By Md. Taraq Junaid
The last few months have been quite a nightmare for the Indian corporate sector. The imminent decline of the outsourcing business finally met its fate, the GST policy ensued chaos in the commerce industry and the ubiquitous demonetization policy was a huge blow to the markets. But, the most prominent event in the corporate sector was the ouster of the executive member of the biggest conglomerate in India. On October 24, 2016, Mr. Cyrus Mistry, the Chairman of Tata Group was ‘replaced’ without any prior notice. He was replaced on grounds of ‘non-performance’.
It was announced that Mr. Mistry will be removed from the board of all the major Tata Group companies during the Extraordinary General Meeting (EGM) of each company.
How the events unfolded
The drama began on 12th December 2016 when Mistry was ‘unanimously’ voted out of Tata Industries. But, the impact finally became significant when Mr. Mistry was voted out of TCS, the biggest and the most profitable company under the Tata Group. The third successive blow came yesterday when he was voted out of Tata Teleservices. TCS and Tata Teleservices are largely controlled by Mr. Ratan Tata, the owner of Tata Sons, the majority stakeholder in both the companies. Although the majority ownership of Tata Sons in the aforementioned companies makes the decision a foregone conclusion, it reflects how the corporate governance system is dictated by those in majority.
A calculated move or simply, an epiphany?
Mr. Mistry comes from a very affluent background. His father runs a multibillion-dollar company and before heading the Tata Group, Mistry held an important position in his own company. After being ‘insisted’ to hold the office of Chairman, four years later, the knowledgeable Tata Sons realised Mr. Mistry was incompetent. They accused him of making lofty promises and not fulfilling them. I wonder if the reputed Tata Group and the esteemed search committee members were actually so naive to have entrusted the responsibility of running a billion-dollar empire to a candidate whose competence was still under dispute.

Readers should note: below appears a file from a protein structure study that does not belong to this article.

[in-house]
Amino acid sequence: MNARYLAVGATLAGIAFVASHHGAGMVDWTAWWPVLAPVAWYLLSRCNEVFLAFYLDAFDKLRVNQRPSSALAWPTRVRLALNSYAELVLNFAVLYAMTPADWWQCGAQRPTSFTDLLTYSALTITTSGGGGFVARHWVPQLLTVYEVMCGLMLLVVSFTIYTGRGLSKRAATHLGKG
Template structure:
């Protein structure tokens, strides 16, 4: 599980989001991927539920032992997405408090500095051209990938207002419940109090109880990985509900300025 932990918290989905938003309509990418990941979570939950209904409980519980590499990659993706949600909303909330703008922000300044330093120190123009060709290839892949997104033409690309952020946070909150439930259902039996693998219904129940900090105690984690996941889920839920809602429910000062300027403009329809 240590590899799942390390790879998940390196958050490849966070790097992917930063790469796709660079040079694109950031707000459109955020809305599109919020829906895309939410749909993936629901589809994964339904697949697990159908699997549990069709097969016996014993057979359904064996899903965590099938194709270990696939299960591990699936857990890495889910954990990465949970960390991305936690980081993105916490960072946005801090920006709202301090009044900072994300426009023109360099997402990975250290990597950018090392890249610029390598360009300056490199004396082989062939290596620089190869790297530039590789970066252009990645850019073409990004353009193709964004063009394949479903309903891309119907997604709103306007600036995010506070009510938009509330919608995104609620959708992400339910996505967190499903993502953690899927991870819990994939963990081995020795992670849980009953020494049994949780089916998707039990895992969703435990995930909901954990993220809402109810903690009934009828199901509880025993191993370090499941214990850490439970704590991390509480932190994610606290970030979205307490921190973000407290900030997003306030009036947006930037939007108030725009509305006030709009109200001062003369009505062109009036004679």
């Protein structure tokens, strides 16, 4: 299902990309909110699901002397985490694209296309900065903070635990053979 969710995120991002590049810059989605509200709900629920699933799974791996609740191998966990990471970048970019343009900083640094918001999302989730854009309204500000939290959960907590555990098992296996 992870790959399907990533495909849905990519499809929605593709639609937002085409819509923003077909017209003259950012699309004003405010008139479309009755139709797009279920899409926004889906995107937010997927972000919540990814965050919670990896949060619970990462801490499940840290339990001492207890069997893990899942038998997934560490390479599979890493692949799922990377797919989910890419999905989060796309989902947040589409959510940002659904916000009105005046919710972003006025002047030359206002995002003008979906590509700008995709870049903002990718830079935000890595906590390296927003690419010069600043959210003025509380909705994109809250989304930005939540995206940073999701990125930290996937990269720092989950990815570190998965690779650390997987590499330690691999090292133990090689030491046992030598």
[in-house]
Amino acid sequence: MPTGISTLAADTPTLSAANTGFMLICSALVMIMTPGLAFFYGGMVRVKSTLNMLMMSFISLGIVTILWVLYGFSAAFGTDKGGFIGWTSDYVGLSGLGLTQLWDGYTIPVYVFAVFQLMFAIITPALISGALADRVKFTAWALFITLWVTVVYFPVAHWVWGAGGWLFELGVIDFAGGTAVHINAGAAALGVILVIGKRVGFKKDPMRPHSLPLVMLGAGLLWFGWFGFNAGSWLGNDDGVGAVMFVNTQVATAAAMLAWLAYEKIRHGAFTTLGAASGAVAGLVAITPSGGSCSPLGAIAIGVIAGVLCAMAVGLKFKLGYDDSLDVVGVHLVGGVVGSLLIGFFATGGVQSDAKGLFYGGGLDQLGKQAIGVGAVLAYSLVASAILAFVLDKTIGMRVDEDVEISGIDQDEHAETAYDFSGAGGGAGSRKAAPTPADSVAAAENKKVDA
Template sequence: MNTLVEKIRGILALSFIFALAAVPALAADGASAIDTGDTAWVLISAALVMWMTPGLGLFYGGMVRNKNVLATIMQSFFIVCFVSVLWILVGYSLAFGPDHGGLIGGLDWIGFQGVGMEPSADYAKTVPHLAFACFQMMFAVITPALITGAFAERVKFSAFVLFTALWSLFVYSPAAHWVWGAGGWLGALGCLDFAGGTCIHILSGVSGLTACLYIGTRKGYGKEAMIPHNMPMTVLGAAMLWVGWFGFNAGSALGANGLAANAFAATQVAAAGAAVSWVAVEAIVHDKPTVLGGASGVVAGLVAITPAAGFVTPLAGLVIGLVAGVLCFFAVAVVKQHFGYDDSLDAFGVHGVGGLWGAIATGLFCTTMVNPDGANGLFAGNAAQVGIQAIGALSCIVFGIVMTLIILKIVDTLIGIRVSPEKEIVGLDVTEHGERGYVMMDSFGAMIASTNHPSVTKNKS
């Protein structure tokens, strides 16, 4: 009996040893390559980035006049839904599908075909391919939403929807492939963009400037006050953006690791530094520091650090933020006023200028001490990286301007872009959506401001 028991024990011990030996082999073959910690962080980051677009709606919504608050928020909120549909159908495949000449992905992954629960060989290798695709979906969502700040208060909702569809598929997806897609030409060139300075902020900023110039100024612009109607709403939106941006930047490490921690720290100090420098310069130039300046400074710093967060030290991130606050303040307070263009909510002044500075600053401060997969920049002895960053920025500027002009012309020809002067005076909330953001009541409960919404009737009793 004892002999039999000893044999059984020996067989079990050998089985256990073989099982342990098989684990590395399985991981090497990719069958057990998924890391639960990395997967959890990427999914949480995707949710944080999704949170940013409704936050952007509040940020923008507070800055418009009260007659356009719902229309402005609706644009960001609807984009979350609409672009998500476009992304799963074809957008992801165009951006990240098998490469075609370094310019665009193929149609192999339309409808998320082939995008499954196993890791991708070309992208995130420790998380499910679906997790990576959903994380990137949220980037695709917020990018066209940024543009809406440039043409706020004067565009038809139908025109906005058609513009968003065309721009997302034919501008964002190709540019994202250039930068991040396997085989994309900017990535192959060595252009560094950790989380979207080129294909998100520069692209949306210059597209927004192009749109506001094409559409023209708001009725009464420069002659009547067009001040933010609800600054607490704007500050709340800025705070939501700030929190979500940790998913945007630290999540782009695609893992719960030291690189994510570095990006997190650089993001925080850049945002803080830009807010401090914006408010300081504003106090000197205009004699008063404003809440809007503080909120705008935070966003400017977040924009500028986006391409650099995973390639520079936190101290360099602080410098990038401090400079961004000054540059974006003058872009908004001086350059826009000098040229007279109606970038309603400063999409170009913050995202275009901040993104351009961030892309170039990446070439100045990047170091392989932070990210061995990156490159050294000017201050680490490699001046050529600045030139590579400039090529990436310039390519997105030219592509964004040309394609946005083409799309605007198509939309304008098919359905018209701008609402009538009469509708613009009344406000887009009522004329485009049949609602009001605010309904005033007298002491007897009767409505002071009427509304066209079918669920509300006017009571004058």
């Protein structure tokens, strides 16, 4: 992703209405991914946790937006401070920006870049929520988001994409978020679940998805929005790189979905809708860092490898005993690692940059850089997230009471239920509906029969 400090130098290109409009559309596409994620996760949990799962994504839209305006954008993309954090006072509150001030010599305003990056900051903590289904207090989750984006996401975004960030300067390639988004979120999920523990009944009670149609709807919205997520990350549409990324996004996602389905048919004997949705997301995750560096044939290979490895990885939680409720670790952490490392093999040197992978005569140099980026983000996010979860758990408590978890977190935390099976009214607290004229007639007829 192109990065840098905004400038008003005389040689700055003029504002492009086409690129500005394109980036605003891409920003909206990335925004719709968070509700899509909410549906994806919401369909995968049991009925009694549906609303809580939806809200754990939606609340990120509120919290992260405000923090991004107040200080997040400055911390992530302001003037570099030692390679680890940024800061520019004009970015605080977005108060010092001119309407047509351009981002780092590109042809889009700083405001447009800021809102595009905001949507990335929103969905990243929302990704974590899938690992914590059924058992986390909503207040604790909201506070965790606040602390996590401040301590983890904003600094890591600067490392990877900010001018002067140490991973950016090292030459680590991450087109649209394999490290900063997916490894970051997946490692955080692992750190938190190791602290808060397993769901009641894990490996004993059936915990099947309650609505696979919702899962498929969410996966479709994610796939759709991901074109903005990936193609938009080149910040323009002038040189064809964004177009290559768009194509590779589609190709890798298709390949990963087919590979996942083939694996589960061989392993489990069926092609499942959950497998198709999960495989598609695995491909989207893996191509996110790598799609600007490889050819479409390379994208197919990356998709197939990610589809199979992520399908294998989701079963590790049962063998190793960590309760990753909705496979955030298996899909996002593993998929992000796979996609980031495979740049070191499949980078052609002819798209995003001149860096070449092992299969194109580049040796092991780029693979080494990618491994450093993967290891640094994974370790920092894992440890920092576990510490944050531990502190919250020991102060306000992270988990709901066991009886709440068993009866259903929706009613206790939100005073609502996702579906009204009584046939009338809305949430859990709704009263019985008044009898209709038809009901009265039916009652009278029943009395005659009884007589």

A hasty overthrow
Over the next 10 days, EGMs will be held at all the Tata Holding Companies to determine the fate of Mr. Mistry. Most people might argue that he doesn’t stand a chance against Tata Sons. However, we still can’t ‘accurately’ predict the outcome after considering the voting pattern in TCS.
In TCS, over 70% of non-promoter stakeholders voted against Mr. Mistry’s removal and a few abstained from voting. However, the promoter insisted on his removal and succeeded in the endeavour.
The support Mr. Mistry garnered from the non-promoter stakeholders demands us to question the allegations made against him in the first place. The burden of responsibility he inherited when he decided to lead the Tata Group, most of the companies under which were facing losses (Tata Steel in Europe, Tata Motors on account of the launch of Nano, Real estate purchases at premium prices around the world, underselling assets purchased at premium rates), was considerable. After leading the group for four years, Tata Group owes the man the dignity of resignation and a chance to justify himself. But instead, he was terminated without notice.
The next 10 days will be crucial for the corporate sector in India. Whether Mistry will be reinstated or removed, only time will tell. But, it’s surely going to be interesting to watch how things unfold!